The decapitation of the lead Mexican investigator in the alleged murder of a jet-skier on a border lake is a sharp retort to President Obama's administration, a Texas congressman said.

"The Mexican drug cartels just sent a message to the White House that the United States no longer controls the border," Rep. Ted Poe, R-Texas, told WND.

The severed head of investigator Rolando Armando Flores Villegas was delivered this week to an army garrison in Ciudad Miguel Aleman in the Tamaulipas state in Mexico. The city is across the river from Zapata County, Texas, the location of Falcon Lake, where David Michael Hartley allegedly was killed by Mexican pirates while he was jet-skiing with his wife Tiffany.

Only last week, Tiffany Hartley met with Flores in Ciudad Miguel Aleman and reported that the investigator seemed to be working hard to find her husband, according to ABC News.

Poe told WND that Hartley's body is unlikely to be recovered.

"When the Los Zetas drug cartel commits a murder, they dispose of the body where it will never be found, or they use the body to send a message to law enforcement," Poe said. "By decapitating Rolando Flores, the Mexican drug cartels sent a message to Mexico to stop investigating Hartley's murder."

The White House should not be intimidated, Poe insisted.

"Now is the time we should be sending more National Guard to the border."

Last week, Poe was joined by 20 members of the House to introduce the National Guard Border Enforcement Act, H.R.6253, authorizing the secretary of defense to make 10,000 National Guard troops available upon request by a U.S. governor to serve at the border under the command of the requesting governor.

Poe believes the Flores murder is just one more indication Mexico's drug war is out of control and increasingly dangerous to U.S. citizens.

"The decapitation of Rolando Flores is a warning to the United States and to Mexico that this portion of the border is protected by the Zetas," Poe said. "The Zetas intend to protect their drug routes on the border from law enforcement regardless whether that law enforcement is from Mexico or the United States."

Poe doubts Mexico will make serious efforts to apprehend David Michael Hartley's killers.

"Thousands of drug-related homicides are committed in Mexico every year, and very few are ever solved," he stressed. "That Mexican authorities have suggested Tiffany Hartley may have been involved in foul-play in her husband's death should make it clear Mexican law enforcement officers have no intention of seriously investigating or solving the crime."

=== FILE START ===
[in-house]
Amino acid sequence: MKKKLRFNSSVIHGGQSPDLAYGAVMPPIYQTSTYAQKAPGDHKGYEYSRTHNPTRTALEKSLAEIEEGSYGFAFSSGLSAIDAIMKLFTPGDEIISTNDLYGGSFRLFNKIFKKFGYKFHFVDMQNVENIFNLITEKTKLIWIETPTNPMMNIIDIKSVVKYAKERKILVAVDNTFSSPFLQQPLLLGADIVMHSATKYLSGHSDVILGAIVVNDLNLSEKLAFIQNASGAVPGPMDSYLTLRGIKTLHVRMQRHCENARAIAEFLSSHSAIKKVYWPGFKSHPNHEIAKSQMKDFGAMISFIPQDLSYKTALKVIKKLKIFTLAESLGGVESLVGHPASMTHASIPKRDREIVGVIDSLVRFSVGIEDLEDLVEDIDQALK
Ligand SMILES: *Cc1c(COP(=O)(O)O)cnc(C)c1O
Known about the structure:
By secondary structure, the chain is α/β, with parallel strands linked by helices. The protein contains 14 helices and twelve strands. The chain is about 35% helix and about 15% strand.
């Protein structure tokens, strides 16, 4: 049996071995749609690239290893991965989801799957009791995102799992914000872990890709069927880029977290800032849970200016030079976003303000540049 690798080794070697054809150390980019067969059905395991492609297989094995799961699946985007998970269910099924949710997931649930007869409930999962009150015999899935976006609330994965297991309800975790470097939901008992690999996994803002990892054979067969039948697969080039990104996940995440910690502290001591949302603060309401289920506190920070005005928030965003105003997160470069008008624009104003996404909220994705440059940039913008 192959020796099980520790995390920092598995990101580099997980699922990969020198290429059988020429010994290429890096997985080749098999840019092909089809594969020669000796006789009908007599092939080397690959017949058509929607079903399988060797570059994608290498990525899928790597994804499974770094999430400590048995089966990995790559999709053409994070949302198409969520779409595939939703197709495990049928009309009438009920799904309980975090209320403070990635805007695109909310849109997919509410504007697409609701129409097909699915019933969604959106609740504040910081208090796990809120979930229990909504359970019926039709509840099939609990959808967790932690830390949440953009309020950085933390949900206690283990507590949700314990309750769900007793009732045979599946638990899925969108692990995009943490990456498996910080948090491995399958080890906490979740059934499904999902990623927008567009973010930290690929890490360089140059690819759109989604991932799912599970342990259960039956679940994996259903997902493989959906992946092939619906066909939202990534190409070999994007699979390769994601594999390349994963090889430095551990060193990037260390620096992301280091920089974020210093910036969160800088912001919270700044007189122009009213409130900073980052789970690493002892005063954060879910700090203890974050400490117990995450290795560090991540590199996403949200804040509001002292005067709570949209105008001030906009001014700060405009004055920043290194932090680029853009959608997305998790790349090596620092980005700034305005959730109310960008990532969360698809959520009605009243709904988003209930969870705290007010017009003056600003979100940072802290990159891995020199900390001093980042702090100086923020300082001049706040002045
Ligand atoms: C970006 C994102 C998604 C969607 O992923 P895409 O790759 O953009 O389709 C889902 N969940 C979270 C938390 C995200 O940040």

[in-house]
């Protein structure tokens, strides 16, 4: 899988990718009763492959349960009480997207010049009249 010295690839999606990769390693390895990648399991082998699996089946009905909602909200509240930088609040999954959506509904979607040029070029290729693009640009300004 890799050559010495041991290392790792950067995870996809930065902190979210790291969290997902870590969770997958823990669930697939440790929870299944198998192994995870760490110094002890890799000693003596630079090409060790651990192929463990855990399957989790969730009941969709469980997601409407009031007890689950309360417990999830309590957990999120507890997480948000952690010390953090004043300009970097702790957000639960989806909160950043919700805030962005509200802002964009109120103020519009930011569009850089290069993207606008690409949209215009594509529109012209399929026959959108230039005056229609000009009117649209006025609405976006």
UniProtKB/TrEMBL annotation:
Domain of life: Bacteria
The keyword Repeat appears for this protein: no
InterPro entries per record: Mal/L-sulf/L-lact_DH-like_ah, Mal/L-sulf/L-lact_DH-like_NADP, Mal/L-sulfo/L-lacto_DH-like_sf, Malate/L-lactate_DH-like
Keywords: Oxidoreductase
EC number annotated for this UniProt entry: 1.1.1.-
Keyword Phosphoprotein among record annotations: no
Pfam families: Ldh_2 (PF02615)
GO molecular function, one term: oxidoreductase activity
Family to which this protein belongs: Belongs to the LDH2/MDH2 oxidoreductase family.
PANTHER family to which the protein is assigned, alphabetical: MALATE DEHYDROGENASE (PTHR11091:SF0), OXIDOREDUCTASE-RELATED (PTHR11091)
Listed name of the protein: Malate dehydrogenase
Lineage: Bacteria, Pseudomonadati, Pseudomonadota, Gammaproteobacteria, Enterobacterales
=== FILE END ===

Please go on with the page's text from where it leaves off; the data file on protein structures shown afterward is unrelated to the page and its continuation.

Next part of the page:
Marco Antonio Guerrero Carrizales, the district attorney for the Miguel Aleman Province, adjoining Falcon Lake on the Mexican side of the border, has questioned whether Tiffany Hartley was involved in foul play.

As WND previously reported, Texas Zepata County Sheriff Sigifredo "Sigi" Gonzalez Jr. believes Hartley was killed by Mexican pirates operating on Falcon Lake as drug cartel operatives.

"A local witness saw Tiffany Hartley escaping on her jet-ski to the Texas side of the lake," Gonzalez said. "She came in at high speed and was being pursued by armed men in a Mexican fishing boat that that the witness clearly observed."

Gonzalez said the witness was a long-standing member of the Zapata community who was well known to him and regarded as highly credible.

He said the statement of the witness was recorded in the police file but the name of the witness was being withheld from the public to protect his privacy.

"The testimony of this witness dispels any idea Mrs. Hartley was involved in any wrongdoing regarding the murder of her husband," he said firmly. "She called in a 911 phone call to our office at around 2:20 pm on the day of the incident, immediately after she got to shore, and her statements to my office confirm what the local witness observed."

Gonzales confirmed to WND that he had interviewed Mrs. Hartley himself.

He attributed the failure to recover David Hartley's jet ski and his body to the unwillingness of Mexico to cooperate

"The drug cartels operate from an island on the Mexican side of the lake," Gonzalez explained.

"Mexican law enforcement authorities do not control the lake the pirates do," he said. Tons of illegal drugs are warehoused on that island by the drug cartels for smuggling into the United States and the pirates are well armed."

Emphasizing the need for the National Guard bill, Poe said the "first duty of the federal government is to protect its people."

"Texans are tired of the federal government's failure to secure our borders and enforce our laws, yet at the same time running roughshod over state governments when they try to enforce the law and protect their citizens," he said.

The Obama administration entered U.S. District Court to oppose Arizona's tough immigration law SB 1070, resulting in a decision by U.S. District Judge Susan Bolton to strike down several key provisions of the law.

In the past four years, an estimated 28,000 Mexicans have been killed in drug-related violence.

Currently, the Department of Defense has allocated only 250 National Guard troops for the entire 1,256 mile-long Texas-Mexico border.

Under the National Guard Border Enforcement Act, National Guard troops would be authorized to conduct:

  • Armed vehicle and foot patrols of the U.S. southern border;
  • Interdiction of a vehicle, vessel, aircraft or other similar activities;
  • Search, seizure and detention of suspects;
  • Construction of roads, fences and vehicle barriers;
  • Search and rescue operations;
  • Intelligence gathering, surveillance and reconnaissance;
  • Aviation support.

Additionally, the bill would allow the secretary of defense to authorize additional troops should operational control of the U.S. border not be achieved with the first 10,000 deployed.

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